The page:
Penman was long a Valdivia supporter, having been instrumental in Valdivia’s political rise in 2011 when he was elected Third Ward city councilman. He continued to support him, including in Valdivia’s campaign to unseat then-incumbent Mayor Carey Davis in 2018. Some found this curious, given Penman’s representation of himself as a reformist and the indications that were already extant of Valdivia’s willingness to conform his votes as a councilman to the will of those providing him with political donations or other payments. Penman now says that he is disappointed in Valdivia’s comportment as mayor.
Mohammad and Jaramillo are relatively new arrivals on the San Bernardino political scene. Not much is known about them, although some feel there is grounds to believe that Jaramillo is actually a stalking horse for Valdivia. Jaramillo has not leveled any criticism at Valdivia, and instead has made public statements decrying Ortiz as a divisive force in the community, implying that her tirades against Valdivia are unwelcome and uncalled for. Jaramillo’s addition to the field of mayoral candidates, by the calculation of at least some political prognosticators and San Bernardino mayoral race handicappers is a benefit to Valdivia, who has substantial name recognition, the power of incumbency and $318,426.56 in his campaign war chest, which at present is far ahead of the $132,859.53 Tran has committed toward her electoral challenge and the $47,146.72 Penman has in his electioneering fund. The other candidates are well under those totals. Most election analysts concur that the more opponents who run against Valdivia in the June primary race, the better it is for him. They believe that based on his current name recognition and incumbent status, he will need to spend only about one-fifth to one fourth of the amount of money he has in his campaign fund to ensure first or second place in the June race, and thus a berth in the November run-off. He will then be able to utilize the remainder of his money, which at this point would run to more than $200,000 and will by then be far more based on the donations he can anticipate receiving between now and them, to ensure a victory over whoever his opponent is. Conversely, with more and more candidates getting into the contest, for any of the current crop of challengers to ensure so much as a second-place finish in June, he or she will need to spend virtually all of his or her currently available funding, leaving whoever that is at a tremendous disadvantage to Valdivia in the fall.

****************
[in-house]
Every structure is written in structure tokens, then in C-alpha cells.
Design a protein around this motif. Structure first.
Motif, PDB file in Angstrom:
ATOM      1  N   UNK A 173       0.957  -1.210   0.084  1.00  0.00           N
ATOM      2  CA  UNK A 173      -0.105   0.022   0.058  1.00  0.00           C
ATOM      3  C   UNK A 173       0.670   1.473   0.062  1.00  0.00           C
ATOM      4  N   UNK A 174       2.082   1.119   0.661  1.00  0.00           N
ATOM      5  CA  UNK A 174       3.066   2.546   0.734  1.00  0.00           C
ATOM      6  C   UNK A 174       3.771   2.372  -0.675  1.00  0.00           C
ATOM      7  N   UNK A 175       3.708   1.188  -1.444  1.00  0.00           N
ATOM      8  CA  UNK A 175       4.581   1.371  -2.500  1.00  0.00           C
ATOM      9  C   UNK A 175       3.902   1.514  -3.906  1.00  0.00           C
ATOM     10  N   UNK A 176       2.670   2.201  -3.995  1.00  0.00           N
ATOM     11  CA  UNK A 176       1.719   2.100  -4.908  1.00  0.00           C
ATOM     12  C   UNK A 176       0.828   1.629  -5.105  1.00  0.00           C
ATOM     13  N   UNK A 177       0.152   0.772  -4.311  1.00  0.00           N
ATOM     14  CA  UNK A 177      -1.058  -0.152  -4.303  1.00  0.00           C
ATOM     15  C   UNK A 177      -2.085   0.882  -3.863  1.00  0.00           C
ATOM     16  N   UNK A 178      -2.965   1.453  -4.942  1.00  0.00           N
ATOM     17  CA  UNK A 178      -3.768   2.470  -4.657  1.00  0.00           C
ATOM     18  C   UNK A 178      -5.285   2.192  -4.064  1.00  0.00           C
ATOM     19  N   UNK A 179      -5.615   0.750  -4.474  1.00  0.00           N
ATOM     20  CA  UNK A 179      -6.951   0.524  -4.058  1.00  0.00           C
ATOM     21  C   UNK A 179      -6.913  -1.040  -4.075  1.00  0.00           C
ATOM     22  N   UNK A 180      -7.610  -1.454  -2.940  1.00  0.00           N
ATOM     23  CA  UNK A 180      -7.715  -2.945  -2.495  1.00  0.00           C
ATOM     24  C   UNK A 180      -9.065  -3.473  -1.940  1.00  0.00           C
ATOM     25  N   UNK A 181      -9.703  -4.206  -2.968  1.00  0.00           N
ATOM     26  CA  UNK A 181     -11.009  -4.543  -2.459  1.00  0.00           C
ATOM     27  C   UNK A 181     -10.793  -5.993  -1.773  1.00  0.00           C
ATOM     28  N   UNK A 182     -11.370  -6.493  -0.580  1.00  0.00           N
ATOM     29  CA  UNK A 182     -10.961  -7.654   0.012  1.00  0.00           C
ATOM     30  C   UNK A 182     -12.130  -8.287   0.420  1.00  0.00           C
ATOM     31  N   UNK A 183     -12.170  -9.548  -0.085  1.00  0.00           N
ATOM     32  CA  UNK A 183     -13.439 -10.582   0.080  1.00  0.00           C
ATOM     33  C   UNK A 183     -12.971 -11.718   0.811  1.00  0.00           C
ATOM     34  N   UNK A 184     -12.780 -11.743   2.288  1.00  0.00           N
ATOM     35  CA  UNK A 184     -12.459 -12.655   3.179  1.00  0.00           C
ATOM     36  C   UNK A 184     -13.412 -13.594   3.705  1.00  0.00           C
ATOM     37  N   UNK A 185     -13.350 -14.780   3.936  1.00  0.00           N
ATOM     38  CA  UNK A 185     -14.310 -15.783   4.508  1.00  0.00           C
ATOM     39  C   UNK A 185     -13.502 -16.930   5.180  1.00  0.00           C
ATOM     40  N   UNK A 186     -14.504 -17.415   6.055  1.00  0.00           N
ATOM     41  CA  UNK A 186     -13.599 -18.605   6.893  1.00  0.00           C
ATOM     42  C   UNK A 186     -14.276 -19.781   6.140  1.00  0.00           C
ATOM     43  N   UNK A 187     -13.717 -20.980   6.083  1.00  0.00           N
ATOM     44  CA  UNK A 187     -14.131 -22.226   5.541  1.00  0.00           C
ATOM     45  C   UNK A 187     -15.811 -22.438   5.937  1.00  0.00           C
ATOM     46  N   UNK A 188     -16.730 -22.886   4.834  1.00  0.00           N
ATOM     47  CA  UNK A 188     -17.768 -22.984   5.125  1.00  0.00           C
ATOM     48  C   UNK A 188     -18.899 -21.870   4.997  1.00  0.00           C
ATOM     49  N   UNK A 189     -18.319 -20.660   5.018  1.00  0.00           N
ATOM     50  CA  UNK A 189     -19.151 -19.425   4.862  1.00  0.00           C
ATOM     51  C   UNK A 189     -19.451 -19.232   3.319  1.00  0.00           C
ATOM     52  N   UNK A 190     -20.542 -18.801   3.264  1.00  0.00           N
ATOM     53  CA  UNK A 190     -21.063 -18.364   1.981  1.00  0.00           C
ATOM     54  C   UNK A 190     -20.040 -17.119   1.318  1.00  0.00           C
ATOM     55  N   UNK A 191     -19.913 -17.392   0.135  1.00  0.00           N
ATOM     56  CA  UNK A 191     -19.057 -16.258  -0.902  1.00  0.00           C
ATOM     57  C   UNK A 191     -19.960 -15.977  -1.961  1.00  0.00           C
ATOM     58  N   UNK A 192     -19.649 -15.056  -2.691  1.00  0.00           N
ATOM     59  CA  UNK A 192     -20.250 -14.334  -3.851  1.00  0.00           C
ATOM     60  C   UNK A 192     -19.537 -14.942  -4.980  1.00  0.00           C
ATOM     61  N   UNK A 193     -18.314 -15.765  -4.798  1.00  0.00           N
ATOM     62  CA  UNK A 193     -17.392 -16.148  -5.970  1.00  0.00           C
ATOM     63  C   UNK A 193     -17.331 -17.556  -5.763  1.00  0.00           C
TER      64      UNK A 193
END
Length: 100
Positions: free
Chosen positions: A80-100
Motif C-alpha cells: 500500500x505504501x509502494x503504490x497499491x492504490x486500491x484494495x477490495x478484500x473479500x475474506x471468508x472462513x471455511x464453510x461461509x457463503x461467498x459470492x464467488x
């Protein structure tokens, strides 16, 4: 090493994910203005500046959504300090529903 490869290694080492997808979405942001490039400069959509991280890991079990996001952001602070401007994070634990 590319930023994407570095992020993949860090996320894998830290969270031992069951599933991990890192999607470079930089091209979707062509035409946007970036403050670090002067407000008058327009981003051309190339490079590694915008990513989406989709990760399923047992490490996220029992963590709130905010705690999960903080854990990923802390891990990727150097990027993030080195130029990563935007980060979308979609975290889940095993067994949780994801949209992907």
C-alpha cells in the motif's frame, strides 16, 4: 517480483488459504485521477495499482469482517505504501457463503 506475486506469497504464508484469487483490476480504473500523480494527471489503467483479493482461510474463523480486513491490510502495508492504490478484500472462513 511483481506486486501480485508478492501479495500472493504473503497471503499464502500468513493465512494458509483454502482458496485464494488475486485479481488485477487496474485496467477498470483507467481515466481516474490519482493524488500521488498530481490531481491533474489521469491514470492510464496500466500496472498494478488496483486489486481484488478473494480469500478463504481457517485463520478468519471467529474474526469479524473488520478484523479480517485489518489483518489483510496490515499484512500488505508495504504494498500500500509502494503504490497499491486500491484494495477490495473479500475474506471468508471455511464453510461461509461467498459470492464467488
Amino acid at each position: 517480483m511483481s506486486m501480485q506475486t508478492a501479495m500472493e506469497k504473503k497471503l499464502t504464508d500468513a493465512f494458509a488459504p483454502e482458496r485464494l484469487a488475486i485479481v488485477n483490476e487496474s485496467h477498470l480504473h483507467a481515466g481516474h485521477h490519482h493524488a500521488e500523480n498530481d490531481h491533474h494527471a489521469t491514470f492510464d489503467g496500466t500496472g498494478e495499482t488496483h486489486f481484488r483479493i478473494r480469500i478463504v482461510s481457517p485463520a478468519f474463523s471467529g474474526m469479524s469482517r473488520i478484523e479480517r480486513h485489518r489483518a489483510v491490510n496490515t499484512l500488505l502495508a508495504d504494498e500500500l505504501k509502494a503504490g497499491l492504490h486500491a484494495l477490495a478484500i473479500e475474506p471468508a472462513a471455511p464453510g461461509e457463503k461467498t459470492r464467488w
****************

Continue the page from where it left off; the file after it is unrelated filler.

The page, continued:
Nickel in the 2015 to 2018 timeframe while he and Valdivia were both councilmen had evolved into Valdivia’s closest ally on the council. That has now changed. Nickel grew wary of Valdivia as the latter’s megalomania in the role of mayor became apparent and he threw caution to the wind in seeking ever more money, both in the form of political donations, consulting fees and what most people consider to be payoffs.
In his 2020 stand for reelection, Nickel was damaged, on one hand, with some voters for his past association with Valdivia. On the other hand, he reaped little benefit by braking with Valdivia, since Valdivia, who was in a position to do so given his fat campaign fund coffers, offered Nickel no financial assistance in his reelection bid. Nickel was beaten by Ben Reynoso for the Fifth District council post.
“Over the past year, many fellow residents have asked if I would consider running for mayor given my prior six years of experience as an effective collaborative council member,” Nickel told the Sentinel. “I have decided to do so. We are concerned the hard-fought gains made since the city exited bankruptcy in 2017 are now threatened by a return to the bad old days of constant bickering and dysfunction that brought the city to insolvency 10 years ago. We must move forward. We must create a safe, clean and prosperous community for all. We must demand experience, commitment and integrity in the office of mayor. We must bring together our community and city council. We must set aside egos, selfish ambition, greed and petty squabbles. We must deliver results for those who elect us and pay our salaries. If we devote ourselves as a community to these objectives, we will become a truly world class city. This is my promise should the voters decide I am their choice for mayor.”
-Mark Gutglueck